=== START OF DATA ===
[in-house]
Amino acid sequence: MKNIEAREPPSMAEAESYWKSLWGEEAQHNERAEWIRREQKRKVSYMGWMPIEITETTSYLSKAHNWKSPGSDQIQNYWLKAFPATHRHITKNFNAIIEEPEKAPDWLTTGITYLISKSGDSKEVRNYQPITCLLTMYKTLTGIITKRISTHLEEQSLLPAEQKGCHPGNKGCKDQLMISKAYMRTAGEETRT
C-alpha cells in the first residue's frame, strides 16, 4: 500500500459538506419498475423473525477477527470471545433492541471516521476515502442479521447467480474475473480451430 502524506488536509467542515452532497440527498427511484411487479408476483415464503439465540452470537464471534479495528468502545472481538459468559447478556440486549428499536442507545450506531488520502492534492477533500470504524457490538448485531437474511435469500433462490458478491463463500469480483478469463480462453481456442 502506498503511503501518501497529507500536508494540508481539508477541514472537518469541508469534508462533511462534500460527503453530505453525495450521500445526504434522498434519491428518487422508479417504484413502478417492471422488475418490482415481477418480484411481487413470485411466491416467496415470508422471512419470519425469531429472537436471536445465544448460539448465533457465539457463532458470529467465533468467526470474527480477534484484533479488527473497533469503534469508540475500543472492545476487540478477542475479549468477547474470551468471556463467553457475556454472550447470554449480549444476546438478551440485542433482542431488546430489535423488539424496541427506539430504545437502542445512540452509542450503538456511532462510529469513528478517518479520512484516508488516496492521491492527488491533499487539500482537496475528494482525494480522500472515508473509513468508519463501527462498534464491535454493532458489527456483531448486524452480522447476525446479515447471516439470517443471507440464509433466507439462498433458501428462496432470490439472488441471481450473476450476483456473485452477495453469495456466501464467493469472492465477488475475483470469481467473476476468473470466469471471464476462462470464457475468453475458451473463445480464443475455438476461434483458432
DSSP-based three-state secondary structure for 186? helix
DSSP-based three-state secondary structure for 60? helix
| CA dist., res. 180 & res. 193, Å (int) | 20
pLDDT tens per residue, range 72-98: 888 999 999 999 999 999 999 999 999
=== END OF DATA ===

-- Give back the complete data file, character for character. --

[in-house]
Amino acid sequence: MKNIEAREPPSMAEAESYWKSLWGEEAQHNERAEWIRREQKRKVSYMGWMPIEITETTSYLSKAHNWKSPGSDQIQNYWLKAFPATHRHITKNFNAIIEEPEKAPDWLTTGITYLISKSGDSKEVRNYQPITCLLTMYKTLTGIITKRISTHLEEQSLLPAEQKGCHPGNKGCKDQLMISKAYMRTAGEETRT
C-alpha cells in the first residue's frame, strides 16, 4: 500500500459538506419498475423473525477477527470471545433492541471516521476515502442479521447467480474475473480451430 502524506488536509467542515452532497440527498427511484411487479408476483415464503439465540452470537464471534479495528468502545472481538459468559447478556440486549428499536442507545450506531488520502492534492477533500470504524457490538448485531437474511435469500433462490458478491463463500469480483478469463480462453481456442 502506498503511503501518501497529507500536508494540508481539508477541514472537518469541508469534508462533511462534500460527503453530505453525495450521500445526504434522498434519491428518487422508479417504484413502478417492471422488475418490482415481477418480484411481487413470485411466491416467496415470508422471512419470519425469531429472537436471536445465544448460539448465533457465539457463532458470529467465533468467526470474527480477534484484533479488527473497533469503534469508540475500543472492545476487540478477542475479549468477547474470551468471556463467553457475556454472550447470554449480549444476546438478551440485542433482542431488546430489535423488539424496541427506539430504545437502542445512540452509542450503538456511532462510529469513528478517518479520512484516508488516496492521491492527488491533499487539500482537496475528494482525494480522500472515508473509513468508519463501527462498534464491535454493532458489527456483531448486524452480522447476525446479515447471516439470517443471507440464509433466507439462498433458501428462496432470490439472488441471481450473476450476483456473485452477495453469495456466501464467493469472492465477488475475483470469481467473476476468473470466469471471464476462462470464457475468453475458451473463445480464443475455438476461434483458432
DSSP-based three-state secondary structure for 186? helix
DSSP-based three-state secondary structure for 60? helix
| CA dist., res. 180 & res. 193, Å (int) | 20
pLDDT tens per residue, range 72-98: 888 999 999 999 999 999 999 999 999